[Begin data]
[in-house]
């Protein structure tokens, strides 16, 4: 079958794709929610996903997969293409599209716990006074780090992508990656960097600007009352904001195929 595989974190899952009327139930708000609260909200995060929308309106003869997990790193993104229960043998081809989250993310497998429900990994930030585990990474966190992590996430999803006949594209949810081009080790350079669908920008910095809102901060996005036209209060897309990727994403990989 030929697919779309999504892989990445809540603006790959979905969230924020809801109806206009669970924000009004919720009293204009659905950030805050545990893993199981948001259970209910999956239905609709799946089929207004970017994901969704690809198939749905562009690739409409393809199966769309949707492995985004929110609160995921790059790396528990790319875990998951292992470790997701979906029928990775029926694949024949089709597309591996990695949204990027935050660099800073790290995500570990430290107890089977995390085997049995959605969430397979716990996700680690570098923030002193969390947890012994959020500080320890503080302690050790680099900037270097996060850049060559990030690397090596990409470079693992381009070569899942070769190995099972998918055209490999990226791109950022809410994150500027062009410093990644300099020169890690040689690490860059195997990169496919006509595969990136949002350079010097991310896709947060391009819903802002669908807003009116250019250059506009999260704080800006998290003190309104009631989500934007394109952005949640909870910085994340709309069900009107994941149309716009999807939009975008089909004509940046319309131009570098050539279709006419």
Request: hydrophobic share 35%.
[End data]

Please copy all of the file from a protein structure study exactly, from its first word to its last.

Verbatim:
[in-house]
């Protein structure tokens, strides 16, 4: 079958794709929610996903997969293409599209716990006074780090992508990656960097600007009352904001195929 595989974190899952009327139930708000609260909200995060929308309106003869997990790193993104229960043998081809989250993310497998429900990994930030585990990474966190992590996430999803006949594209949810081009080790350079669908920008910095809102901060996005036209209060897309990727994403990989 030929697919779309999504892989990445809540603006790959979905969230924020809801109806206009669970924000009004919720009293204009659905950030805050545990893993199981948001259970209910999956239905609709799946089929207004970017994901969704690809198939749905562009690739409409393809199966769309949707492995985004929110609160995921790059790396528990790319875990998951292992470790997701979906029928990775029926694949024949089709597309591996990695949204990027935050660099800073790290995500570990430290107890089977995390085997049995959605969430397979716990996700680690570098923030002193969390947890012994959020500080320890503080302690050790680099900037270097996060850049060559990030690397090596990409470079693992381009070569899942070769190995099972998918055209490999990226791109950022809410994150500027062009410093990644300099020169890690040689690490860059195997990169496919006509595969990136949002350079010097991310896709947060391009819903802002669908807003009116250019250059506009999260704080800006998290003190309104009631989500934007394109952005949640909870910085994340709309069900009107994941149309716009999807939009975008089909004509940046319309131009570098050539279709006419």
Request: hydrophobic share 35%.